One of the most commonly studied model organisms in regards to homeotic genes is the fruit fly Drosophila melanogaster. Its homeotic Hox genes occur in either the Antennapedia complex (ANT-C) or the Bithorax complex (BX-C) discovered by Edward B. Lewis.[10] Each of the complexes focuses on a different area of development. The antennapedia complex consists of five genes, including proboscipedia, and is involved in the development of the front of the embryo, forming the segments of the head and thorax.[11] The bithorax complex consists of three main genes and is involved in the development of the back of the embryo, namely the abdomen and the posterior segments of the thorax.[12]

During development (starting at the blastoderm stage of the embryo), these genes are constantly expressed to assign structures and roles to the different segments of the fly's body.[13] For Drosophila, these genes can be analyzed using the Flybase database.


Much research has been done on homeotic genes in different organisms, ranging from basic understanding of how the molecules work to mutations to how homeotic genes affect the human body. Changing the expression levels of homeotic genes can negatively impact the organism. For example, in one study, a pathogenic phytoplasma caused homeotic genes in a flowering plant to either be significantly upregulated or downregulated. This led to severe phenotypic changes including dwarfing, defects in the pistils, hypopigmentation, and the development of leaf-like structures on most floral organs.[14] In another study, it was found that the homeotic gene Cdx2 acts as a tumor suppressor. In normal expression levels, the gene prevents tumorgenesis and colorectal cancer when exposed to carcinogens; however, when Cdx2 was not well expressed, carcinogens caused tumor development.[15] These studies, along with many others, show the importance of homeotic genes even after development.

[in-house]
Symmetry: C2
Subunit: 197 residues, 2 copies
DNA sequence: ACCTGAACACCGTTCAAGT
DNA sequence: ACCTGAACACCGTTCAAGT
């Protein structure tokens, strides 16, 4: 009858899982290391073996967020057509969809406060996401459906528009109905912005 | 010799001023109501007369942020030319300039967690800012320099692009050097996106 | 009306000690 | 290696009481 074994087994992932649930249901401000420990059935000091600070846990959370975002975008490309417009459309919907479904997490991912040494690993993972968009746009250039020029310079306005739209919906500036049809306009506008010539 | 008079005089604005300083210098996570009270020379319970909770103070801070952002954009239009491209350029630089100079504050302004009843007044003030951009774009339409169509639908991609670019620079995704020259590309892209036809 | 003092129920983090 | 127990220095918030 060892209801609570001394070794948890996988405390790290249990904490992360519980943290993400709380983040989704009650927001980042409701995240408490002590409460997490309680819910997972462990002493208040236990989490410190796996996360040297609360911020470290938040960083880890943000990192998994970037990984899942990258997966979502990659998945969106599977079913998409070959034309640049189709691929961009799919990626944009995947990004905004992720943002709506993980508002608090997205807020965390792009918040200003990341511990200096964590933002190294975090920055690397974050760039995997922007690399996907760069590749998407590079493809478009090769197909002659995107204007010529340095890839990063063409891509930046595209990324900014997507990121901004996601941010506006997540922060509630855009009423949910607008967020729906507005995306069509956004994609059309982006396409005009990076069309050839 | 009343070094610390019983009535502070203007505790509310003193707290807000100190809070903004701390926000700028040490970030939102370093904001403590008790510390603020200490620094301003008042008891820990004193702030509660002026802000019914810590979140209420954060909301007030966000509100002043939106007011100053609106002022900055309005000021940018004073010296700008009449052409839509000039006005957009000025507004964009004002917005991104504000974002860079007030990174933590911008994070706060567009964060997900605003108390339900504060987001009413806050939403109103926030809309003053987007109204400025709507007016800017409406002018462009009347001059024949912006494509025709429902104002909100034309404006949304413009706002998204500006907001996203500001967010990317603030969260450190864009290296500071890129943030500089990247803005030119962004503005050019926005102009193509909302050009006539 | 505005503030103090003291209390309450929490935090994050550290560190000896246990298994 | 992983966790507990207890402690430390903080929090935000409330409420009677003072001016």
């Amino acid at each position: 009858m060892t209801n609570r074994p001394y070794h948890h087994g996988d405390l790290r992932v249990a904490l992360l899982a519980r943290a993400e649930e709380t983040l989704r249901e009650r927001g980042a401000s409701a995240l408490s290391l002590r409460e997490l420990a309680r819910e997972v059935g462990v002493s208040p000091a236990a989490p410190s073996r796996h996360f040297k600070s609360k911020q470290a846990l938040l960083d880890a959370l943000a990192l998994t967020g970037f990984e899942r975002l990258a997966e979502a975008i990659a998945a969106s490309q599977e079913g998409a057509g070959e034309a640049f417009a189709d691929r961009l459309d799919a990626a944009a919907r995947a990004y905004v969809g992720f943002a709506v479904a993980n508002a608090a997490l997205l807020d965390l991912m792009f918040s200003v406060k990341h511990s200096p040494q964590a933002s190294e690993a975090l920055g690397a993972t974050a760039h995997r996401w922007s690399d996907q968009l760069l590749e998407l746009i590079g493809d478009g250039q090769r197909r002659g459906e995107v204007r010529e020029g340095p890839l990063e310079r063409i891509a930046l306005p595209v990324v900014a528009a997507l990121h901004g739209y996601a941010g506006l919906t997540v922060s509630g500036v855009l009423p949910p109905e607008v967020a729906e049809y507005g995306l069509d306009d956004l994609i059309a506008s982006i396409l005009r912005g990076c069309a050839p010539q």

See also[edit]


  1. ^ Popodi, Ellen; et al. (1996). "Sea Urchin Hox Genes: Insights into the Ancestral Hox Cluster". Mol. Biol. Evol. 13 (8): 1078–1086. doi:10.1093/oxfordjournals.molbev.a025670. PMID 8865662.
  2. ^ Hirth F, Hartmann B, Reichert H (May 1998). "Homeotic gene action in embryonic brain development of Drosophila". Development. 125 (9): 1579–89. PMID 9521896.
  3. ^ Bürglin TR (2013). Homeotic mutations. Brenner's Encyclopedia of Genetics, 2ed. pp. 510–511. doi:10.1016/B978-0-12-374984-0.00727-0. ISBN 9780080961569.